Artificial human liver developed for drug testing

A 3D scaffold to cultivate liver cells.
A 3D scaffold to cultivate liver cells.PHOTO: INSTITUTE OF BIOENGINEERING AND NANOTECHNOLOGY

The liver is an important organ in drug testing because all drugs pass through it to be detoxified, a process that reduces or removes harmful substances from the body.

In 2013, researchers at A*Star's Institute of Bioengineering and Nanotechnology developed the first artificial human liver for animal-free drug testing, potentially speeding up drug development.

Said the institute's executive director, Professor Jackie Ying: "The ability to determine drug toxicity at an early stage would lead to significant cost savings for pharmaceutical companies and consumers."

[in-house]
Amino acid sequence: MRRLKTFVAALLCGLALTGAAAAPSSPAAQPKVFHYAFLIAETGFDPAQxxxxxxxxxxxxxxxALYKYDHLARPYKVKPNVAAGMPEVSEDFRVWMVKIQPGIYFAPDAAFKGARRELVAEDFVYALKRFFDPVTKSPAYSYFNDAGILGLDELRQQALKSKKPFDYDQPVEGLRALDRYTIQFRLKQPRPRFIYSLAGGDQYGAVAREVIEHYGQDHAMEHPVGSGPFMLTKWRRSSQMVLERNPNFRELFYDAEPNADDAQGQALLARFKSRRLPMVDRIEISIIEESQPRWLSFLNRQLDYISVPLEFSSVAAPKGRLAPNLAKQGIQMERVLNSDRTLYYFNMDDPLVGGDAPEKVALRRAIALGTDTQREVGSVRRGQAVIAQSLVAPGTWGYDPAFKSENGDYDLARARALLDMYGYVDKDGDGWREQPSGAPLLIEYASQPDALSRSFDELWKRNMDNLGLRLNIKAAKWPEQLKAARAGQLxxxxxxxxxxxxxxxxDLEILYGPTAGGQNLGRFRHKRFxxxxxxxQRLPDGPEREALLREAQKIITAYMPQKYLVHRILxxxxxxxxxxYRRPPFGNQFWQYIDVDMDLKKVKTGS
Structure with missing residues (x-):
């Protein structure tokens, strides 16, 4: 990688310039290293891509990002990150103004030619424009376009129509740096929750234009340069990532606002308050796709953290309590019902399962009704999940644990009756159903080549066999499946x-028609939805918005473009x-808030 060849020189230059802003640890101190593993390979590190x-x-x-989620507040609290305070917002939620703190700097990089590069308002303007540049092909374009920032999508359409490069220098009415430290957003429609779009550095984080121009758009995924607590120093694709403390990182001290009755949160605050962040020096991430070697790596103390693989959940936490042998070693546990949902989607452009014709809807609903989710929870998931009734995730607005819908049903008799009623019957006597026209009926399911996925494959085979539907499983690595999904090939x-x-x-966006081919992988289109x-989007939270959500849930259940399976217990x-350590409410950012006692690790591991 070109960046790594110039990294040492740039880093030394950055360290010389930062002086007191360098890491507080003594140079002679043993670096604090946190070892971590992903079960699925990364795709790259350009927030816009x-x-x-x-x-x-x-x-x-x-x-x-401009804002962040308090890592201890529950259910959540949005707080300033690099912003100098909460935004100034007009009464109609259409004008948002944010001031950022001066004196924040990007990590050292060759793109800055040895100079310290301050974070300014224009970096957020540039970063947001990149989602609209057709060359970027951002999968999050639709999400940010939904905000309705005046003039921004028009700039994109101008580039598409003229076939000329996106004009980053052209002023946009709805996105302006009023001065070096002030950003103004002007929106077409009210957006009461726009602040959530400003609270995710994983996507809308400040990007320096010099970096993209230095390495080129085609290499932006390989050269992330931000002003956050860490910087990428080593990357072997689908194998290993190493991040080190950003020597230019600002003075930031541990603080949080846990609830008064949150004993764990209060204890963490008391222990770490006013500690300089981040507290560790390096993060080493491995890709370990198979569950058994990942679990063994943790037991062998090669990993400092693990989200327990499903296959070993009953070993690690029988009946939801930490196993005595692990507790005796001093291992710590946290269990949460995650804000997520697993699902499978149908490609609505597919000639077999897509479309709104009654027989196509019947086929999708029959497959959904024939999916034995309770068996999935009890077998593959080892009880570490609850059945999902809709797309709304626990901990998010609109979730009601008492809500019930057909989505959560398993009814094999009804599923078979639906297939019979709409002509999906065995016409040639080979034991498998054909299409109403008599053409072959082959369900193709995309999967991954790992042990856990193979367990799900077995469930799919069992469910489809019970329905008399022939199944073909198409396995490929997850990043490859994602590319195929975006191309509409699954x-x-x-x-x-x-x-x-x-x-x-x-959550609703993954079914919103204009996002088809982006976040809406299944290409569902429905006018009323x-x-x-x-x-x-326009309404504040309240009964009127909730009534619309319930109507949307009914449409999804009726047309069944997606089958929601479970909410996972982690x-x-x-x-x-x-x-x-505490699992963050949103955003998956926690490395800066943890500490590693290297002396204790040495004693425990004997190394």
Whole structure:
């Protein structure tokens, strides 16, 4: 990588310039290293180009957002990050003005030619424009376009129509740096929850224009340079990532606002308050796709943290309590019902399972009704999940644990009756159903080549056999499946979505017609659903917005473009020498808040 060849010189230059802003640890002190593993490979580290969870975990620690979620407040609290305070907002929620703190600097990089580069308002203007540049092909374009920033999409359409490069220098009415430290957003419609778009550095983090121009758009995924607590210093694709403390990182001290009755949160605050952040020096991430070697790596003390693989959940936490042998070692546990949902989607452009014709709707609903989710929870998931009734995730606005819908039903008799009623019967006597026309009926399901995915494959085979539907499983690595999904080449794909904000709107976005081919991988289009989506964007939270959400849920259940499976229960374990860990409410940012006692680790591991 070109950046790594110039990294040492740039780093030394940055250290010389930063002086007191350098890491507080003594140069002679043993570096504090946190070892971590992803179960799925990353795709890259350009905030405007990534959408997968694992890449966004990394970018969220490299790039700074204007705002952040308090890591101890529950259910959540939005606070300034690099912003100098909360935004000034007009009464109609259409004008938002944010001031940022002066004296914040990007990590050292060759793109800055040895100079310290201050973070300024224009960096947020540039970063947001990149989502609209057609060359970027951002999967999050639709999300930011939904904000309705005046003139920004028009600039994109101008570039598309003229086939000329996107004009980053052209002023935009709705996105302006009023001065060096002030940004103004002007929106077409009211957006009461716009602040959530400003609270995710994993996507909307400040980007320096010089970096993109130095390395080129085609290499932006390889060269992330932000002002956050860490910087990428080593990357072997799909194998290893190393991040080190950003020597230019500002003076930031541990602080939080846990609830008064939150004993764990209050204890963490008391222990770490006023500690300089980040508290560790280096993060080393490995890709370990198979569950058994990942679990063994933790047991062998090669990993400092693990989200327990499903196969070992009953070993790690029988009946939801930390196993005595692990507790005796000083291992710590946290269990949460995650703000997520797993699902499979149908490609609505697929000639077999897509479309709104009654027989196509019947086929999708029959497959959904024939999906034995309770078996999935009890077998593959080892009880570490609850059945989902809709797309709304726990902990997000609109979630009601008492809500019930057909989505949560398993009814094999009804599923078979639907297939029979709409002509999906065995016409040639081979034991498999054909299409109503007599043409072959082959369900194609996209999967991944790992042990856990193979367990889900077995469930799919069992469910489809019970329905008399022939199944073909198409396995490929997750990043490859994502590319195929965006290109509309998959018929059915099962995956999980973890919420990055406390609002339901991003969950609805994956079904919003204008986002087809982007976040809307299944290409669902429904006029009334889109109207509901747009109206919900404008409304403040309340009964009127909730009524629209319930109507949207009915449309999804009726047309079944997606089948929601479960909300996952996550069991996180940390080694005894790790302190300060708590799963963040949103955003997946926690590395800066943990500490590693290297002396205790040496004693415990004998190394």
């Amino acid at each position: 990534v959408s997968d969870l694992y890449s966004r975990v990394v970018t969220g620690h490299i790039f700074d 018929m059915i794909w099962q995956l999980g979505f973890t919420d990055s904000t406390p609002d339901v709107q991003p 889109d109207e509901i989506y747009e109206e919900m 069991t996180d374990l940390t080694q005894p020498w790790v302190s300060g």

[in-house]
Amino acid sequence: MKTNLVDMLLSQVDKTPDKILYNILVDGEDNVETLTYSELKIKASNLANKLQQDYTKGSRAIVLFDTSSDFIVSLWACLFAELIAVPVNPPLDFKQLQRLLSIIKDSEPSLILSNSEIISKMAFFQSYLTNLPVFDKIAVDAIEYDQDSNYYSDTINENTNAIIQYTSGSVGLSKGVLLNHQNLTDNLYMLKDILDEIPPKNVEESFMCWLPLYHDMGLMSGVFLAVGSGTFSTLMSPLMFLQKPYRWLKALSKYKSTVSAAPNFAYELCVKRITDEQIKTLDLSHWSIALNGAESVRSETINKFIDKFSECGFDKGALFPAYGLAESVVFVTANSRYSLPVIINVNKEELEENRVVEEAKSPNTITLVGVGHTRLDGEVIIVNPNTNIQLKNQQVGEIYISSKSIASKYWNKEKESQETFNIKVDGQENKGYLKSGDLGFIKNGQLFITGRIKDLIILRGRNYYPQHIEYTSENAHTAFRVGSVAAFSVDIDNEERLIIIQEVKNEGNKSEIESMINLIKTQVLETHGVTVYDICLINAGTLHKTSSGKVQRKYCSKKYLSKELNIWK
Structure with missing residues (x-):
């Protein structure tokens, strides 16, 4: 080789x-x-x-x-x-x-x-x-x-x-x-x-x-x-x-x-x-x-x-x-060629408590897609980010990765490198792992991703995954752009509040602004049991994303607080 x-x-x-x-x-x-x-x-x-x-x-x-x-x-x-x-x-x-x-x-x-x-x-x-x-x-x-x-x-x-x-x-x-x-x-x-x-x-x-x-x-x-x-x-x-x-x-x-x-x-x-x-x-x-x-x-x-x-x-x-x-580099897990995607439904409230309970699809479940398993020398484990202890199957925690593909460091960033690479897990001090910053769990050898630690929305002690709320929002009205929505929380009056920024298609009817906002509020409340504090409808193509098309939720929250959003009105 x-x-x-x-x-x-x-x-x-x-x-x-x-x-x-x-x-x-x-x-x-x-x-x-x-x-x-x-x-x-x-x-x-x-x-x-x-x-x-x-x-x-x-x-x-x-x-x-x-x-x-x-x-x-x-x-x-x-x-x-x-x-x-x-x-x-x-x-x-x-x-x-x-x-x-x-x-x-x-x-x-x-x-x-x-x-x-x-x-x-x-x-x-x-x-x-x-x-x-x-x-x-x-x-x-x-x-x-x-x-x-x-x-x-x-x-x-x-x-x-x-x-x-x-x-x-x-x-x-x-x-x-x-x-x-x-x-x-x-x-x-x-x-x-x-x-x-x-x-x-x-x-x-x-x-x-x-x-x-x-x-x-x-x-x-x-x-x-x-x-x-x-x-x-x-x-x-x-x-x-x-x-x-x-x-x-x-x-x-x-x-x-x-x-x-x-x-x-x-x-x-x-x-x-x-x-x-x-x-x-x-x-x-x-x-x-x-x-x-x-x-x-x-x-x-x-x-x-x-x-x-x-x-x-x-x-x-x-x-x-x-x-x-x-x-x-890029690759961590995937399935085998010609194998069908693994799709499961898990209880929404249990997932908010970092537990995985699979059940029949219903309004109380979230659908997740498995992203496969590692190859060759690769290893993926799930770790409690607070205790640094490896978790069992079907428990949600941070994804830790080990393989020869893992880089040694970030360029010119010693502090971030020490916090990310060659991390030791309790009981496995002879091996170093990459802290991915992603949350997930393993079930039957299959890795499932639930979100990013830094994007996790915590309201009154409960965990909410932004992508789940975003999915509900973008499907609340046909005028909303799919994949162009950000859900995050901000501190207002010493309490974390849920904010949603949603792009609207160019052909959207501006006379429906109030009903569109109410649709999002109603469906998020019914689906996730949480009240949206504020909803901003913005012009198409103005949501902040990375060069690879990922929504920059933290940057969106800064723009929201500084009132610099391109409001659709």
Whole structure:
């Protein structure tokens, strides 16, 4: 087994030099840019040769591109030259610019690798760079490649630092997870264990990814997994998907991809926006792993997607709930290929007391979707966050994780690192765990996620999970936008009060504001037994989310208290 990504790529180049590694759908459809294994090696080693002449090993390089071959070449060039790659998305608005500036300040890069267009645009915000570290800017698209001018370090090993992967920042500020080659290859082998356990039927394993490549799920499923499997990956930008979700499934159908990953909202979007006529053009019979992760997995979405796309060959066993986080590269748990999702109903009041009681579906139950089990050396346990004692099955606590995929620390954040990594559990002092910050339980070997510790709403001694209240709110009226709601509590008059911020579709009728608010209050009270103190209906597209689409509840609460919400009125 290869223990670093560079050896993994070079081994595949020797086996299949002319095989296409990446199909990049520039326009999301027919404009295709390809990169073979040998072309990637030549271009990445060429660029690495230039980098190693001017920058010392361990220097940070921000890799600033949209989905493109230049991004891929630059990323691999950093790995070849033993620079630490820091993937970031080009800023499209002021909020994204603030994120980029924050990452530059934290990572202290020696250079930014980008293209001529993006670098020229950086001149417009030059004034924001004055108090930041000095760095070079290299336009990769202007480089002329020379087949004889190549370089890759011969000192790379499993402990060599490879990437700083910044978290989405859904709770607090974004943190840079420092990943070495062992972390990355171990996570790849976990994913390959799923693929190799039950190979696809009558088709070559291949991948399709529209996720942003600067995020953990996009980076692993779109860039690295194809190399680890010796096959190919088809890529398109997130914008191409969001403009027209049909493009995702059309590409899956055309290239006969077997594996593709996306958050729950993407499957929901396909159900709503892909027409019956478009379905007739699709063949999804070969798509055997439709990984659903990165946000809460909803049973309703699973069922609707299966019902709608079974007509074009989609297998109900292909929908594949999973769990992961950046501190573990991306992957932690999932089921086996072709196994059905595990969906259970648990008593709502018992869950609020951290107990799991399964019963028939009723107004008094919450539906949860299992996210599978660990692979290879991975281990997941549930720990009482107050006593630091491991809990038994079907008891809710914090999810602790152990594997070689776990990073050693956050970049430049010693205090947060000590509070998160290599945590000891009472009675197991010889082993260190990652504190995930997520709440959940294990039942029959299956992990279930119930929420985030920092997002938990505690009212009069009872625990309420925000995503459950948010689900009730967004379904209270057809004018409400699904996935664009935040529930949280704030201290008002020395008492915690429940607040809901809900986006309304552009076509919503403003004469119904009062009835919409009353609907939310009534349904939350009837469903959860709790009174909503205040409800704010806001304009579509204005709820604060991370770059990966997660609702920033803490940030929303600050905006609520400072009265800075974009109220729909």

By constructing a microscopic 3D scaffold to cultivate liver cells in a favourable environment, the team managed to make the cells behave very similarly to those in a real liver.

The project was spun off to a start-up, InvitroCue, which debuted on the Australian Securities Exchange last week, and is expanding into China with a laboratory under construction in Suzhou Industrial Park.

Lin Yangchen

A version of this article appeared in the print edition of The Straits Times on February 05, 2016, with the headline 'Artificial human liver developed for drug testing'. Print Edition | Subscribe